Daylighting-Bias and Biophilia: Quantifying the Impact of Daylighting on Occupants Health | U.S. Green Building Council
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Daylighting-Bias and Biophilia: Quantifying the Impact of Daylighting on Occupants Health

This paper reports on a state-of-the-art study quantifying the health and human impacts of daylighting strategies and views quality from windows on employees health in offices. The study attempts to quantify an important yet not scientifically proven assumption concerning the biophilic relationship between views of nature and daylighting in the workplace and their impacts on sick leave of office workers. The specific hypothesis tested is; that employees with a view of nature will take fewer sick days, have fewer Sick Building Syndrome (SBS) symptoms than those with a view of urban structures, or with no views out at all. A corollary hypothesis is whether daylight availability and dynamic lighting quality in offices could also play a role in reducing the number of sick leave hours and SBS symptoms related to poor circadian rhythms and hypersensitivity. This is an objective to answer and quantify a long debated hypothesis regarding the importance non-residential building occupants place on the need to be in contact with nature/the outdoors while working within a building. This paper reports on a three-phase long-term study.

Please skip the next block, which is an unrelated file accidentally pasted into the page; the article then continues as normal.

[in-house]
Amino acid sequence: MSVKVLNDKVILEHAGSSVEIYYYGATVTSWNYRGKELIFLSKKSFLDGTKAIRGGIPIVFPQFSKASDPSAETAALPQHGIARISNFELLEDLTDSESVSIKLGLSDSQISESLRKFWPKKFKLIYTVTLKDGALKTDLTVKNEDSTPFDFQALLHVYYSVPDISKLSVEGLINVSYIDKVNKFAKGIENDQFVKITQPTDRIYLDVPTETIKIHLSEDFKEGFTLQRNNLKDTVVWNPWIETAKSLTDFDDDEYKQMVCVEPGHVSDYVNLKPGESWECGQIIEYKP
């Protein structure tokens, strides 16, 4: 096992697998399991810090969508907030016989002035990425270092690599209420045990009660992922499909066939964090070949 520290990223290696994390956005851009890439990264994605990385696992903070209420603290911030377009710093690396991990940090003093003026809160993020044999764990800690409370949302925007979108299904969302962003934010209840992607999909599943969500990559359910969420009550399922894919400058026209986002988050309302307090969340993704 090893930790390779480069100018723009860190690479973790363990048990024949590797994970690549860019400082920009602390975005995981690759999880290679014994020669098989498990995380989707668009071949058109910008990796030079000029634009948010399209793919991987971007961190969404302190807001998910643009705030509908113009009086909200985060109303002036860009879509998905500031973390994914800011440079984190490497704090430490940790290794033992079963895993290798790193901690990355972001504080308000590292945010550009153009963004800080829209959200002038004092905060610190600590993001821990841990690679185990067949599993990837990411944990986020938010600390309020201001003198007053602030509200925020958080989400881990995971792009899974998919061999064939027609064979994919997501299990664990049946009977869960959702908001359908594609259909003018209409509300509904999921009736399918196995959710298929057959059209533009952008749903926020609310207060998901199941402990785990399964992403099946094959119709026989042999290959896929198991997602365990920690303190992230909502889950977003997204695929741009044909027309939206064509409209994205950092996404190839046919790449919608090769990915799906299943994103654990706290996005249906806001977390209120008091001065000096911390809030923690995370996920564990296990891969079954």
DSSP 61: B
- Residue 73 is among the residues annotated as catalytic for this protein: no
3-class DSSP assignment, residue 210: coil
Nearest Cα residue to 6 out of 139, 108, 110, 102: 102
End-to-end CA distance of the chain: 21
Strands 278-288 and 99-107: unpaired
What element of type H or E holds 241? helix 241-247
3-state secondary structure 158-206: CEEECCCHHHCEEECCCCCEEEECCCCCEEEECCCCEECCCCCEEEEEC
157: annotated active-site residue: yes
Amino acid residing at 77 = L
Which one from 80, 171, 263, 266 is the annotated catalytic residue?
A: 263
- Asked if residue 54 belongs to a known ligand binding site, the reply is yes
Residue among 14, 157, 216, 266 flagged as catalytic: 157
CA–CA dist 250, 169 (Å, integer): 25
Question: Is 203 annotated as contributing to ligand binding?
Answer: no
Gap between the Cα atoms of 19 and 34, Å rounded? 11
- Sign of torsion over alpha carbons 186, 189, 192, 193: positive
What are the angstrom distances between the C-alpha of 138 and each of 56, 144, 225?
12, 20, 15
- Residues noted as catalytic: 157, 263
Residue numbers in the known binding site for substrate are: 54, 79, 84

Authored By: Ihab Elzeyadi
Published On: 3 Oct 2011